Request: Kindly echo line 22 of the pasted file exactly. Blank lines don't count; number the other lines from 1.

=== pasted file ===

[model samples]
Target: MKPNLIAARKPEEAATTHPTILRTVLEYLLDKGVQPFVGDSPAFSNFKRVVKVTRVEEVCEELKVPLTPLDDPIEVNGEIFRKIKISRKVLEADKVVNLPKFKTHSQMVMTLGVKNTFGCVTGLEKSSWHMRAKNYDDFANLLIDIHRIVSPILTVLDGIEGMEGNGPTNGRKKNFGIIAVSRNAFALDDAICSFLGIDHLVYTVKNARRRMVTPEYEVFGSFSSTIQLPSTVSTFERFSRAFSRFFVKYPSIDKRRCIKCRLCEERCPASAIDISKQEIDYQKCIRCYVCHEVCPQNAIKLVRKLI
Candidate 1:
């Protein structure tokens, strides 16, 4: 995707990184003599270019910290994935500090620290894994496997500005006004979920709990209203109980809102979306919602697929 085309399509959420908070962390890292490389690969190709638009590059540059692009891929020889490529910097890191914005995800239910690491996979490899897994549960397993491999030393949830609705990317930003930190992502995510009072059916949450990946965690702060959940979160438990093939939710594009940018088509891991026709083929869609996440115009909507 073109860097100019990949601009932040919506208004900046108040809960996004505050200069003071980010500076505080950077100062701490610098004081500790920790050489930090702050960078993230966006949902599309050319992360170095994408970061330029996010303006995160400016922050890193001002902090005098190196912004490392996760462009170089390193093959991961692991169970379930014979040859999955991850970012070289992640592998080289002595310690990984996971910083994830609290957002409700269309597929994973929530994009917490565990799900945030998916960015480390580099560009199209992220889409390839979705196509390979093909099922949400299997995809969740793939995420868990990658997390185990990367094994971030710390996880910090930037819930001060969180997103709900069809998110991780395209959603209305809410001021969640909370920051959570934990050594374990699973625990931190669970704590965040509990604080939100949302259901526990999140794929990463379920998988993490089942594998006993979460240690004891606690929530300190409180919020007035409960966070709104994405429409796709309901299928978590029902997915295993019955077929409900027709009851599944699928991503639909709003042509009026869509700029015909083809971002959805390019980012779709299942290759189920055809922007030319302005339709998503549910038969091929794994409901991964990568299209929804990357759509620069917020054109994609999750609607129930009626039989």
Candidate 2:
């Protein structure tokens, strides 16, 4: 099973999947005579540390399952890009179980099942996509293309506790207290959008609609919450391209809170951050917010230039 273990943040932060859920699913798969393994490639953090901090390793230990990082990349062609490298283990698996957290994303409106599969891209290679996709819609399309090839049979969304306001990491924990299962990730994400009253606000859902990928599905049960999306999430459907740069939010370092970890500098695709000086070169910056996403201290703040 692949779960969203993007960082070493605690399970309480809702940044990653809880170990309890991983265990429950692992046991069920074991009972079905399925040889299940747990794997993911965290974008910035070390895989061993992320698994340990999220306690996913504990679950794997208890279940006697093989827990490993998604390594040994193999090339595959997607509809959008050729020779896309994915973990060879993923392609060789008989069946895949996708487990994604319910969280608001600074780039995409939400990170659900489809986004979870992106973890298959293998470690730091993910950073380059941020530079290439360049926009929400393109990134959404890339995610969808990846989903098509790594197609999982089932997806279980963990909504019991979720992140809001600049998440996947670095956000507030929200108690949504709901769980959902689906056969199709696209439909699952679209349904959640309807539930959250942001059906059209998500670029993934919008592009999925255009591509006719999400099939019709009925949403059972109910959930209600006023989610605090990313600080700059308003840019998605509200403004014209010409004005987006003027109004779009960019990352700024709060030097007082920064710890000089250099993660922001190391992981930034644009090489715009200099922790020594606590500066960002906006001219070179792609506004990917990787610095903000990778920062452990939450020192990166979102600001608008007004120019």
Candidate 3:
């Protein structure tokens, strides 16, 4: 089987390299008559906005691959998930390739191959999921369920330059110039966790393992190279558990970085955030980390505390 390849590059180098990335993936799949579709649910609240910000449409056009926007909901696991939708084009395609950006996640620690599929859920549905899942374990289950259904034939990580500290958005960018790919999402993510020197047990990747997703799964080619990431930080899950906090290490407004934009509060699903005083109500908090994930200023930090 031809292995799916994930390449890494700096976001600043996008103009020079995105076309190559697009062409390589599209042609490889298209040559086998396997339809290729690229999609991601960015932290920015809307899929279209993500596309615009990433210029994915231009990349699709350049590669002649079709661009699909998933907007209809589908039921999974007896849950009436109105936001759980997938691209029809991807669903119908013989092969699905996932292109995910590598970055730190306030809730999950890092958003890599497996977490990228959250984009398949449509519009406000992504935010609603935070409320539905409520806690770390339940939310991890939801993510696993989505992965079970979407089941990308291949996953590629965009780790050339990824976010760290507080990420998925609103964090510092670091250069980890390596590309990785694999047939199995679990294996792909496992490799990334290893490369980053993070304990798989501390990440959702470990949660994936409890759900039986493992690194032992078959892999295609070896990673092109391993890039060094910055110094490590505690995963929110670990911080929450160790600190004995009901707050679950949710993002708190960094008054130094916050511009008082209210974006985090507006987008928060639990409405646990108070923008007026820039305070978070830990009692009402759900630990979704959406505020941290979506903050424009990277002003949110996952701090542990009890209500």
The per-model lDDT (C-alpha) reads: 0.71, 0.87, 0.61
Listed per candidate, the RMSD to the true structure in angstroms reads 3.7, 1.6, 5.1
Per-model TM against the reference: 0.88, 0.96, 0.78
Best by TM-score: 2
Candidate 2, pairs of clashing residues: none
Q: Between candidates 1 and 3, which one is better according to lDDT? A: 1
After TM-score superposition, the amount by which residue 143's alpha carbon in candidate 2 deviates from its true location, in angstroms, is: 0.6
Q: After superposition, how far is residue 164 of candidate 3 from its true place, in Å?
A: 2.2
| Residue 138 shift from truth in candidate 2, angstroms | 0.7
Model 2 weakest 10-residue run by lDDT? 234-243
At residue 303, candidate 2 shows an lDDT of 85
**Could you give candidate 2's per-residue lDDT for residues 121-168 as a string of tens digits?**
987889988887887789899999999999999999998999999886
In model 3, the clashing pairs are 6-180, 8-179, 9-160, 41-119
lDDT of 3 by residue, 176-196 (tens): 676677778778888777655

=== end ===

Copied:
987889988887887789899999999999999999998999999886